He was little known outside the studied bohemian precincts of the Greenwich Village poetry scene; but this short, brutal play about the fatal confrontation between a black man and a white woman on a subway made him famous, respected and despised. Edward Albee was among the three producers. It won an Obie. The actress Cicely Tyson was in the audience on opening night.
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I wanted some kind of action literature. You look like you been trying to grow a beard. You look like you live in New Jersey with your parents and are trying to grow a beard. Laughs, uncrossing and recrossing her legs You look like death eating a soda cracker.
We are also meant to understand that Baraka was indicting his own bohemianism here. The play is still a sensation. Projected across two panels blocking the stage are images from the New York subway system. The houselights flash and then darken like the lights of a subway car. A tall elderly black conductor Paul Benjamin enters the theatre and walks down the aisle with a Bojangles-like strut and shuffle.
The appropriately skeletal and realistic set is by Troy Hourie. On the platform just outside, a thirtyish white woman the phenomenal Jennifer Mudge walks by, spies Clay, and smiles knowingly. She enters the car slowly, casually, her hips and breasts moving to and fro in her light summer dress. Her long gold-streaked brown hair is a tangle of Medusa curls. Clay pretends not to notice Lula as she bends over, rummages through her satchel, and pulls out an apple.
But pretty soon there is no way for him to avoid looking at this urban Eve. Nor can Lula resist the desire that she assumes she inspires. Sitting a little too close to Clay, she exchanges a few pleasantries before the dance of death begins. C LAY : I saw you through the window. Seems to me you were staring through the window at me. Men die for freedom but black men die for white women, who are the symbol of freedom.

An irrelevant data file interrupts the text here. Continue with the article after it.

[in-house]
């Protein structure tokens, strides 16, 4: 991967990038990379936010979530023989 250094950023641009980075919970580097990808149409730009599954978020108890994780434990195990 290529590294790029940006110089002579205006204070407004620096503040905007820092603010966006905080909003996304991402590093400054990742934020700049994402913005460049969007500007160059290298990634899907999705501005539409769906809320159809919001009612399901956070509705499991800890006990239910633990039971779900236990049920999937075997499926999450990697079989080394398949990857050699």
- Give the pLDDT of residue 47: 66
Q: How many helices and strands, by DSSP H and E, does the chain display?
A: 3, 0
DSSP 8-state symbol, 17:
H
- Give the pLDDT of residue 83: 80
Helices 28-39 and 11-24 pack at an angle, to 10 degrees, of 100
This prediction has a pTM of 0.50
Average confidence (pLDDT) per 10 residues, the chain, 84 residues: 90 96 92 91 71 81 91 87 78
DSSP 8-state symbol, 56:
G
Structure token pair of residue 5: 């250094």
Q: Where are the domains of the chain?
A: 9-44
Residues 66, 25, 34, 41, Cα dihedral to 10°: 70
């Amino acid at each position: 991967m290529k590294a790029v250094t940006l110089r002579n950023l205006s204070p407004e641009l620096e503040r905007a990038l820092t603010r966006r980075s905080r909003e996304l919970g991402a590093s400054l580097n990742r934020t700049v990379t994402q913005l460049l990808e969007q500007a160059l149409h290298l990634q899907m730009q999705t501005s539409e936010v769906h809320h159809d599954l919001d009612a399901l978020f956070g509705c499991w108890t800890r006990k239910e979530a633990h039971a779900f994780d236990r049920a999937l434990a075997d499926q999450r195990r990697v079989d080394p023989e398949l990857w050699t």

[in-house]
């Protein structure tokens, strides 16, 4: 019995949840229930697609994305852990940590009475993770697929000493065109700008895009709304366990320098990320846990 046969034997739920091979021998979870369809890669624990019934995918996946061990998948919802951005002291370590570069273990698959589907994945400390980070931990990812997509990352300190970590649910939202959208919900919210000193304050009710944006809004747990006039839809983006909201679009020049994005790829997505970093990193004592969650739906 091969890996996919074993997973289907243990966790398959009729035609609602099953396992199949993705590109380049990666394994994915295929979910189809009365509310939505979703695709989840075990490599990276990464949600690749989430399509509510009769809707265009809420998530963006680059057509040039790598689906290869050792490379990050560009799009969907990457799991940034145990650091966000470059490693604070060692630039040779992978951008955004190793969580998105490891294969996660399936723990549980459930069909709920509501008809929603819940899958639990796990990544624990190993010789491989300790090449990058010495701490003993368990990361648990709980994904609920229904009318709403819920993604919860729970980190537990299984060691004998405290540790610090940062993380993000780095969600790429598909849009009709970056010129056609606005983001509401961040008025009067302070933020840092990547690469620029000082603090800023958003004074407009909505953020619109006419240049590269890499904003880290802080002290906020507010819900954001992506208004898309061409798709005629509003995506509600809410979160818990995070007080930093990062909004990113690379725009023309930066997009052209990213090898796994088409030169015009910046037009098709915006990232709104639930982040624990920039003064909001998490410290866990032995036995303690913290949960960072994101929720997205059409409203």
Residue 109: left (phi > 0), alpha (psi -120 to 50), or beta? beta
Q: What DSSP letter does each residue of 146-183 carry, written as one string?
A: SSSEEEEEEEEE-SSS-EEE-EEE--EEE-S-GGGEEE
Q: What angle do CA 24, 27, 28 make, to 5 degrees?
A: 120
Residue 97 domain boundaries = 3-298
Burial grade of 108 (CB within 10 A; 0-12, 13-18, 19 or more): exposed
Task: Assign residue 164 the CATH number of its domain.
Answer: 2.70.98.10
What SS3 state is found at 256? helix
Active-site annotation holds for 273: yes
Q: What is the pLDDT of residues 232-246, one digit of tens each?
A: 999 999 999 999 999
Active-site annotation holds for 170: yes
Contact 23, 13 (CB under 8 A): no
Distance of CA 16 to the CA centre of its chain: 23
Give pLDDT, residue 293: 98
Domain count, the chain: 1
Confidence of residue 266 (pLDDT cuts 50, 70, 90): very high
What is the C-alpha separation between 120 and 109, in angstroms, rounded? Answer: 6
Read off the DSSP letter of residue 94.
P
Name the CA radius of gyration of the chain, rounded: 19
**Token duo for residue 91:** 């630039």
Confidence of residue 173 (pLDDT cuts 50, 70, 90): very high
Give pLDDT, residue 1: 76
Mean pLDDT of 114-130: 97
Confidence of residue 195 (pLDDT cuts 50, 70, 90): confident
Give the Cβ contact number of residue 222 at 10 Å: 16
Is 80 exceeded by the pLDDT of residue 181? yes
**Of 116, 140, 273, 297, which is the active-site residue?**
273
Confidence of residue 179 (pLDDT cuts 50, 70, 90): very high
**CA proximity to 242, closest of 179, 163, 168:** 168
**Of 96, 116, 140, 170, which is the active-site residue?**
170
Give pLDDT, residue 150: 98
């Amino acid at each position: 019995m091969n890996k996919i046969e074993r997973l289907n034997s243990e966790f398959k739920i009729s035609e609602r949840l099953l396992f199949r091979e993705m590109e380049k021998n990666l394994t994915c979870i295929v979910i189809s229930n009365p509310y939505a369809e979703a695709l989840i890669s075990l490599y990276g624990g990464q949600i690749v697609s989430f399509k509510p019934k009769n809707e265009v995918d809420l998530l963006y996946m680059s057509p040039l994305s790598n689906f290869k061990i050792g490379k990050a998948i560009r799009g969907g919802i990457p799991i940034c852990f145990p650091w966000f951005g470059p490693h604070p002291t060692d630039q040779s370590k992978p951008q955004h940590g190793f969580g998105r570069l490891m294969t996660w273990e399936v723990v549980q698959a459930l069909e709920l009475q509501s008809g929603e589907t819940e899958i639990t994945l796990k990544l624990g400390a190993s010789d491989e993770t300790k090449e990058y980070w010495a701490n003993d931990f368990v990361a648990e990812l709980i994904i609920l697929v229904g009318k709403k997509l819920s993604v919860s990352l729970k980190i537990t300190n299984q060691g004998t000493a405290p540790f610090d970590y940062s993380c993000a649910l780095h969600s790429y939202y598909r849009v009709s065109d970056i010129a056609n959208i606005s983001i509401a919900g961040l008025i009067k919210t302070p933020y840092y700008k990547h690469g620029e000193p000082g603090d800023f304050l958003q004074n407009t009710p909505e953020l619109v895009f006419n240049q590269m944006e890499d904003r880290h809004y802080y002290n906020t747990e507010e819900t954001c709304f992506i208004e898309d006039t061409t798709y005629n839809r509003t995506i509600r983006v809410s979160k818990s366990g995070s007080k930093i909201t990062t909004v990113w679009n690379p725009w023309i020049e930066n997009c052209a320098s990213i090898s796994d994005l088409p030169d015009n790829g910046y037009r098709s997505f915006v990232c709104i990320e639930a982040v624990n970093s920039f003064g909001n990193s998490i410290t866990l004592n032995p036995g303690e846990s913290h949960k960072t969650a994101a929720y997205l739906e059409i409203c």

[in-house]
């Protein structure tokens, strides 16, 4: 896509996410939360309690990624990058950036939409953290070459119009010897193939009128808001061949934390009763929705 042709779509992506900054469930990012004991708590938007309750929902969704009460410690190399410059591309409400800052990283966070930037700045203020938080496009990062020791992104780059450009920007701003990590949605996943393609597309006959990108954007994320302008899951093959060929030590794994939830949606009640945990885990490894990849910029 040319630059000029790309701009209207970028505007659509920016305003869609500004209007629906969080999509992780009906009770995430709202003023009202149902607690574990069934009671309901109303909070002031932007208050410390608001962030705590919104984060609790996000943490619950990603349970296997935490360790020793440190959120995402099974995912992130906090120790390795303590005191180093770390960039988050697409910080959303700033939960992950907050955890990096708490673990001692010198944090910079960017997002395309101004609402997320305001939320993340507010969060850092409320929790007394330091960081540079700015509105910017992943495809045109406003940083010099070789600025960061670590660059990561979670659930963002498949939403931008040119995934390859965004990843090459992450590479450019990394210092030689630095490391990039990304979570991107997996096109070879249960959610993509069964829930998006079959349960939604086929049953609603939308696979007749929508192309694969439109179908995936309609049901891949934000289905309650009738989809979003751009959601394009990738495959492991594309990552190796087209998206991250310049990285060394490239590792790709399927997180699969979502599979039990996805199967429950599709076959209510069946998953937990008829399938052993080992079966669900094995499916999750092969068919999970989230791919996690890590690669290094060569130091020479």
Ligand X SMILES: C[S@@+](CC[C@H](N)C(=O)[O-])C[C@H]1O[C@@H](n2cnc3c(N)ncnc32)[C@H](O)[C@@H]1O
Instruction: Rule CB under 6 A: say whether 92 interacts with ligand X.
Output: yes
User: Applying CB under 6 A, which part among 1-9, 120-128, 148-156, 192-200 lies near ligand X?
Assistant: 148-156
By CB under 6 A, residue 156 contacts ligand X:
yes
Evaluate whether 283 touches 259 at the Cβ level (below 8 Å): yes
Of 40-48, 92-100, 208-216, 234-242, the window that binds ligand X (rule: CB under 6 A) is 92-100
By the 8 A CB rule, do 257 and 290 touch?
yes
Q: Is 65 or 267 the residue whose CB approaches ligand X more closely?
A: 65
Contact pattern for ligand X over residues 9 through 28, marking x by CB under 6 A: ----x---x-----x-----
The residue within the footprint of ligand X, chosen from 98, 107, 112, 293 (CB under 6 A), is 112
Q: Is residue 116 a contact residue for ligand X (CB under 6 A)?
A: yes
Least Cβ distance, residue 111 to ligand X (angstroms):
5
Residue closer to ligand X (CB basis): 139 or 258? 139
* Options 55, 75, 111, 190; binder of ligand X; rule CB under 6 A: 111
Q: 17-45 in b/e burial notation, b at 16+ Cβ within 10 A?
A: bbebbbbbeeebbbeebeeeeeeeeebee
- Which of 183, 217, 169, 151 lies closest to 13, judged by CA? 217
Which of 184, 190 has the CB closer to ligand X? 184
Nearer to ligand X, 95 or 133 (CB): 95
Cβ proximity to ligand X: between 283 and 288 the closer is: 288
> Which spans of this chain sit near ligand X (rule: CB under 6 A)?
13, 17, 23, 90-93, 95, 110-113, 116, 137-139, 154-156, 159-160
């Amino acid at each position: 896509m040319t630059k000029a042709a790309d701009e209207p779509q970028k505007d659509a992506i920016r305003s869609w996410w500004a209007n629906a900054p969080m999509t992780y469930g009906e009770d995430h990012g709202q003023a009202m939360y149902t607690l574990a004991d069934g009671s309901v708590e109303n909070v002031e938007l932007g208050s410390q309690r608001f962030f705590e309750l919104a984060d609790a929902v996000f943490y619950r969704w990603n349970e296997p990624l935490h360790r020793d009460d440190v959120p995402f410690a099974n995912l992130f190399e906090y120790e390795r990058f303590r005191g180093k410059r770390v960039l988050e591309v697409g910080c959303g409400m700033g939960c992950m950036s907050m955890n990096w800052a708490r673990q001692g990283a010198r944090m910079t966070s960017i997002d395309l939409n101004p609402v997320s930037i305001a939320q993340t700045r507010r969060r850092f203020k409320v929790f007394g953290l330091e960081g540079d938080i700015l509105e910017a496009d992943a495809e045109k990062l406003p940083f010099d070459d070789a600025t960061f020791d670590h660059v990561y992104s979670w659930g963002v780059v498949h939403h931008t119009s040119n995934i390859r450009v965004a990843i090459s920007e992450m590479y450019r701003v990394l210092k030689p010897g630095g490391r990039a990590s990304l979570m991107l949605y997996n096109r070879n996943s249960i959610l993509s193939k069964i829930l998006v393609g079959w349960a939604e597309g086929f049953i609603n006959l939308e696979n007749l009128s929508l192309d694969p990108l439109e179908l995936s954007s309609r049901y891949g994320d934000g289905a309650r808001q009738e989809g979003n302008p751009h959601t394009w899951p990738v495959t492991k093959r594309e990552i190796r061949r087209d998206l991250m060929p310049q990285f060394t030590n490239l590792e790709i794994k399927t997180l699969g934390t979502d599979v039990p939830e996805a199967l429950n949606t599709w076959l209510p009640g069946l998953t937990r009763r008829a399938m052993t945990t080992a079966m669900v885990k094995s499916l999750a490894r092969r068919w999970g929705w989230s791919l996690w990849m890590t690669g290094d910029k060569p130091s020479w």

Until the day I can have a white woman in my bed. I will still be a slave. Lula has whiteness—which is to say, power—on her side. One gets the sense that all he wants is to get by. Her performance is so profound an evocation of worldly disgust and self-disgust that one feels as if Hill were there merely to feed her the lines.
And, in some sense, it is. For Baraka uses Lula as a foil to call himself out: as one of the only black writers of the time who crossed over into the world of white hipness; as a black man who refused to apologize for his attraction to white women and homosexual culture. For a time, Baraka had been a kind of blessed child. The world of the Greenwich Village avant-garde was his oyster.
But, after a trip to Cuba in , he began to question his relationship to the white world that had helped foster his career. In , he put out an inflammatory poem about the origins of the September 11th attacks. Baraka has set out to remake the world each time he has remade himself. One simply wants to enter into the taut narrative of the play, to be an observer on that train to nowhere.
C LAY : Staring at you? What do you mean?
In Black and White
I wanted some kind of action literature. You look like you been trying to grow a beard. You look like you live in New Jersey with your parents and are trying to grow a beard. Laughs, uncrossing and recrossing her legs You look like death eating a soda cracker. We are also meant to understand that Baraka was indicting his own bohemianism here. The play is still a sensation. Projected across two panels blocking the stage are images from the New York subway system.
A Return to Rage, Played Out in Black and White
The play, which won an Obie Award. Dutchman was the last play produced by Baraka under his birth name, LeRoi Jones. At the time, he was in the process of divorcing his Jewish wife, Hettie Jones , and embracing Black Nationalism. Dutchman may be described as a political allegory depicting black and white relations during the time Baraka wrote it.